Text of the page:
Andrew Cuomo

Cuomo statements that haven’t held up

A series of recent comments by Gov. Andrew Cuomo have been contradicted by reporting.

Andrew Cuomo as Pinocchio

Andrew Cuomo as Pinocchio Photo illustration by Alex Law

In recent months, Gov. Andrew Cuomo has repeatedly come under media scrutiny for making statements that were contradicted by facts that later emerged or by his own subsequent statements. The Albany Times Union’s Wednesday revelation that, contrary to the governor’s previous denial, someone connected to Cuomo’s campaign did communicate with a health care company about $400,000 worth of suspicious campaign donations, is just the latest instance.

Earlier this year, Cuomo disavowed involvement in a controversial campaign mailer, a bungled bridge opening, and whether or not he controls the New York City subway. Sometimes, Cuomo’s initial claims have been at odds with the facts. Other times, Cuomo has seemingly contradicted past statements. Overall, his tendency seems to be distancing himself from the actions of staffers and agencies under his control, which clashes with the hands-on, engaged executive image the governor often portrays for voters.

Cuomo's political opponents say he has a demonstrated tendency to fib, but his supporters are willing to give him the benefit of the doubt. Jessica Proud a spokeswoman for the New York Republican Party, told City & State that the governor is “a serial liar” who has “no credibility when he says he had no involvement or awareness” of scandals like the mailer.

"We know this wasn’t the exciting election season everyone was hoping for,” Cuomo spokeswoman Abbey Collins said in an email. “But it doesn't excuse these absurd and desperate attacks.”

Cuomo is far from the only politician to be caught changing their presentation of facts, from the president to state Senate candidates. Even some Republicans find him no less honest than is typical for his profession. Placing these recent controversies in the context of other politicians, former George Pataki campaign manager and GOP political consultant Tom Doherty said, “They all BS us about a lot of things.”

Here is a guide to four issues that have dogged Cuomo during his reelection run in which critics say he has lied, he says he didn’t and what the known facts are:

Crystal Run

A Sept. 25 story in Times Union reported that the Cuomo campaign admitted that it had been in contact with Crystal Run Healthcare about $400,000 in suspicious contributions. Cuomo had previously told the newspaper’s editorial board “no” when asked if his campaign ever got a call from the company about potential problems with the donations? Cuomo also cast doubt on Rep. Sean Patrick Maloney’s claim about being contacted by the company about $35,000 in donations, which Maloney said he then gave to the U.S. Treasury. “How much do you want to bet the Crystal Run people never called Maloney and said that?" Cuomo said.

Cuomo’s campaign has said that he and spokeswoman Abbey Collins, who was present at the meeting with the Times Union, had not been briefed on the matter by outside counsel who had been in contact with Crystal Run.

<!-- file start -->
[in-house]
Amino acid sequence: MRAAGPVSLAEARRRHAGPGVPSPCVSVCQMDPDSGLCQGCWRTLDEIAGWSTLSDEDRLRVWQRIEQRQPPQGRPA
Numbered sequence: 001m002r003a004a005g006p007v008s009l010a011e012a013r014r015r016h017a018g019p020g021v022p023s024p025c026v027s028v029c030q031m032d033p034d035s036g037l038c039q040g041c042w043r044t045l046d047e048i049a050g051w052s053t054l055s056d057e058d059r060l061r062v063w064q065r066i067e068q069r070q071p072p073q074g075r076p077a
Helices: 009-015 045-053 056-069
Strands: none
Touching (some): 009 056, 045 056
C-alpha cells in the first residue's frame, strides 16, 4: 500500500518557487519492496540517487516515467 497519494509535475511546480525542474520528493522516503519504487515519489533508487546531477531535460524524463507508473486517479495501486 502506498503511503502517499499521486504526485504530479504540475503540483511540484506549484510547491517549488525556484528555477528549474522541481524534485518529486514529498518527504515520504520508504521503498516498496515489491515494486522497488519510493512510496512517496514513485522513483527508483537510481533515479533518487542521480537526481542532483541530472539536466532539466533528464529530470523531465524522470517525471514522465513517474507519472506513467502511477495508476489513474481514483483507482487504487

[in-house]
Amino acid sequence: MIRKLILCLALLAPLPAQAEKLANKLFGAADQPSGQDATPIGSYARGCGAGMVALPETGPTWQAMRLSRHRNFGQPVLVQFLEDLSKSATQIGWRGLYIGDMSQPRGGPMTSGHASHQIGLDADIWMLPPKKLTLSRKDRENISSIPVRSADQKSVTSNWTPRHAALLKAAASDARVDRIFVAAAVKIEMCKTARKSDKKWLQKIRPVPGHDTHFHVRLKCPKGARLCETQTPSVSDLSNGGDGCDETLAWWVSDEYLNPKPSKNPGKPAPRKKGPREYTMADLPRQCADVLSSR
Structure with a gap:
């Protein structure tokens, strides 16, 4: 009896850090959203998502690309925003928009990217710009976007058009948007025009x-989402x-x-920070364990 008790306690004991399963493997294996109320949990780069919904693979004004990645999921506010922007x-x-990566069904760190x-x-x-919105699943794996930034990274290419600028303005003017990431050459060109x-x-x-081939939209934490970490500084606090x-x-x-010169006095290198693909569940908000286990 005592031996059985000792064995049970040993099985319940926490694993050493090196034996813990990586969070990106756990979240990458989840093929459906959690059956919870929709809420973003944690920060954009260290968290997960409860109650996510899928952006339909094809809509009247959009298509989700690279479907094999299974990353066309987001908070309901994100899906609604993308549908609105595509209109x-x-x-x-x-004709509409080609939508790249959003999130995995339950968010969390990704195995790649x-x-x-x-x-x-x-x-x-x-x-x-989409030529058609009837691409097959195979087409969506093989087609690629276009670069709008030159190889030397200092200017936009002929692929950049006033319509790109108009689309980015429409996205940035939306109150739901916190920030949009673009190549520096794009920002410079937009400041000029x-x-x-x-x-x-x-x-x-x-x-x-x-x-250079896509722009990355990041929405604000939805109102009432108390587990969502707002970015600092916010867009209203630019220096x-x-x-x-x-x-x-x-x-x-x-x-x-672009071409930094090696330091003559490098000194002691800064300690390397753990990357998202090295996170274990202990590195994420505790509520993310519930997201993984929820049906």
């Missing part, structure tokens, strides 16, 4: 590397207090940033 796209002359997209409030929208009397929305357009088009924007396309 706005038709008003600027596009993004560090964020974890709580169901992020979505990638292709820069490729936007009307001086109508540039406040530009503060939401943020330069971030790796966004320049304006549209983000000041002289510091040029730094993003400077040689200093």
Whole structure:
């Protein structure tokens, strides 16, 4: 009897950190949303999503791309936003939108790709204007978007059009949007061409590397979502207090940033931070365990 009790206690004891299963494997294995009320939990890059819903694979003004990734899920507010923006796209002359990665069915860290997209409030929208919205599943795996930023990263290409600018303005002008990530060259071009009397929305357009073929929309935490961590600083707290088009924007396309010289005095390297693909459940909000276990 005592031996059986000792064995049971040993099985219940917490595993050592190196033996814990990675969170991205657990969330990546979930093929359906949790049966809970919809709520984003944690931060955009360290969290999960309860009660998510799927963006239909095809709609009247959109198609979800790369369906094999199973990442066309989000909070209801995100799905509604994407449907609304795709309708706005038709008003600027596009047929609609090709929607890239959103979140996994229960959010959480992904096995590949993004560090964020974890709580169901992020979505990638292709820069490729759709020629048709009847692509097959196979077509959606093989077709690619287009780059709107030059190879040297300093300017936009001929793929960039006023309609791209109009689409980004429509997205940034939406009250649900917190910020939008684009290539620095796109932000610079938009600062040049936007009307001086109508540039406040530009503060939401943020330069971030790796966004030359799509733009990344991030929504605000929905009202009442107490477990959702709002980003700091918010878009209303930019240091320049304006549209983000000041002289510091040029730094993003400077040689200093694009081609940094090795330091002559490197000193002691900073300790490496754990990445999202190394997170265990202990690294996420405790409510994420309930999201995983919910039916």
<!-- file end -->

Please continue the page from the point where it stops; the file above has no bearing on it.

While there is no publicly available evidence that Cuomo was aware of the campaign’s contract with Crystal Run, his claim that he didn’t know the relevant facts suggests that if he was being scrupulously truthful, he should not have issued such an unequivocal statement. If he hadn’t been briefed on the matter, why was he so sure in denying his campaign’s involvement in it, even going so far as to suggest that Maloney was lying about a similar situation? Since a lie requires knowledge that the statement is false, his comments on the matter were not necessarily a lie, but what he told the Times Union originally was clearly untrue.

Gov. Mario M. Cuomo Bridge

Cuomo said it was “nonsensical” to claim that he would rush the construction of the Gov. Mario M. Cuomo Bridge so that it could open before the Sept. 13 primary. Nonetheless, the new bridge was shut down after its initial opening because of safety concerns about the structural integrity of the adjacent Tappan Zee Bridge. “We didn’t make the decision on the opening of the new span. The contractor did,” Cuomo said in one news conference. But then The New York Times reported that people in Cuomo’s administration were involved in setting Aug. 24 as the opening date for the bridge.

A July 18 letter from the state official overseeing the project, Jamey Barbas of the New York Thruway Authority, to the contractor building the bridge shows her involvement in setting the date. She also offered “premium additional costs” and immunity from responsibility for any traffic accidents associated with completing the bridge work more quickly. But Cuomo sees it a different way:

"This black helicopter conspiracy theory of timing the bridge opening is wholly disproven on the facts, as the contractual date of Aug. 15 was set a year ago before any thought of a Democratic primary ever existed in any rational mind,” Thruway Authority Director Matt Driscoll said in an email. “If the project had been rushed, they would have forced the opening to happen on the contractually agreed to date of Aug. 15.”